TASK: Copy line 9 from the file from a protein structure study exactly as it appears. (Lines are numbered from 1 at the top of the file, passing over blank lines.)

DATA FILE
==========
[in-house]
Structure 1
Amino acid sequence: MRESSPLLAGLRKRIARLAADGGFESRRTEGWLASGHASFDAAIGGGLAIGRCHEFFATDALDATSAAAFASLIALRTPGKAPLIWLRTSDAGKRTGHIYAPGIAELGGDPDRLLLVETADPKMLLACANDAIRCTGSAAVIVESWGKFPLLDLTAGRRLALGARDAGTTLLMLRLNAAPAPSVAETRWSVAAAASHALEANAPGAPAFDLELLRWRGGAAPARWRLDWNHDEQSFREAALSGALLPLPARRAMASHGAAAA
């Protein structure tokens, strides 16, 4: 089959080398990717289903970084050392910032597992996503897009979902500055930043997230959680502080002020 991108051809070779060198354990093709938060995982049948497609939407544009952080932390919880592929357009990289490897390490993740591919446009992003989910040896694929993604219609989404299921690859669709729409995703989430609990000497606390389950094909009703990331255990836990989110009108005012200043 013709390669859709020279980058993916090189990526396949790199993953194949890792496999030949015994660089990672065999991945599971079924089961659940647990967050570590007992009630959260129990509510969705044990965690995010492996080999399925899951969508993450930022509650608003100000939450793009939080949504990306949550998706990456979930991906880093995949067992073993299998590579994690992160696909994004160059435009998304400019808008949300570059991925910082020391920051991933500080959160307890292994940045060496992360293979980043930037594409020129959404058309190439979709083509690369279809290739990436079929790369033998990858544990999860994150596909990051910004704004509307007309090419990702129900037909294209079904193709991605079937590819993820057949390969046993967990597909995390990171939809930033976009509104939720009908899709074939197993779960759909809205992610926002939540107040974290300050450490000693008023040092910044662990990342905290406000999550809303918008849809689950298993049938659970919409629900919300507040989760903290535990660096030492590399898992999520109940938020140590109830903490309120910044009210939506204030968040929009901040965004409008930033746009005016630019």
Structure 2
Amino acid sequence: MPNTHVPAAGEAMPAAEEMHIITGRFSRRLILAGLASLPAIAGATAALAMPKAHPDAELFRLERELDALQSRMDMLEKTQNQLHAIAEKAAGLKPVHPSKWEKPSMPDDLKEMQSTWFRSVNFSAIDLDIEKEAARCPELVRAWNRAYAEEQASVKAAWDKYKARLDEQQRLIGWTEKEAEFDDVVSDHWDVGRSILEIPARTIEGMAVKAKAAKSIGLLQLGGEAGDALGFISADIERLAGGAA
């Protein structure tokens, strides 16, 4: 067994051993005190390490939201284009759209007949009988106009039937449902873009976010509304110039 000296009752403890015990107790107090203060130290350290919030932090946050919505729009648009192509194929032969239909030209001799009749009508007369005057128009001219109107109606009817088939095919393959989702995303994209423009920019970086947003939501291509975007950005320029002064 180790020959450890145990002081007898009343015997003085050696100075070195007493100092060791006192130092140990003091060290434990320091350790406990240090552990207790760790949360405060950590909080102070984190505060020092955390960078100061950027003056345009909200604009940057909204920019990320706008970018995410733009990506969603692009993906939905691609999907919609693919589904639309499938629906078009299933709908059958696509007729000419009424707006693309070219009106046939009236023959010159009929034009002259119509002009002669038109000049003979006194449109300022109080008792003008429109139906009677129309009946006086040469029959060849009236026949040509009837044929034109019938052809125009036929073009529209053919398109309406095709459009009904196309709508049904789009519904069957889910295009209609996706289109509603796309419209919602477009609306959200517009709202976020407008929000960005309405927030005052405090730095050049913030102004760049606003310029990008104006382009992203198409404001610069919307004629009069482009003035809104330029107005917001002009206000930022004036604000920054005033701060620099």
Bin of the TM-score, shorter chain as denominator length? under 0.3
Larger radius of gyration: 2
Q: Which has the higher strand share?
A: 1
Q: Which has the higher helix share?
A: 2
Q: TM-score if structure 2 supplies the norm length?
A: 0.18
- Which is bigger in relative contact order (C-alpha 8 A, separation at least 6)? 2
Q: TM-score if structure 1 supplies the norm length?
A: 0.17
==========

Larger radius of gyration: 2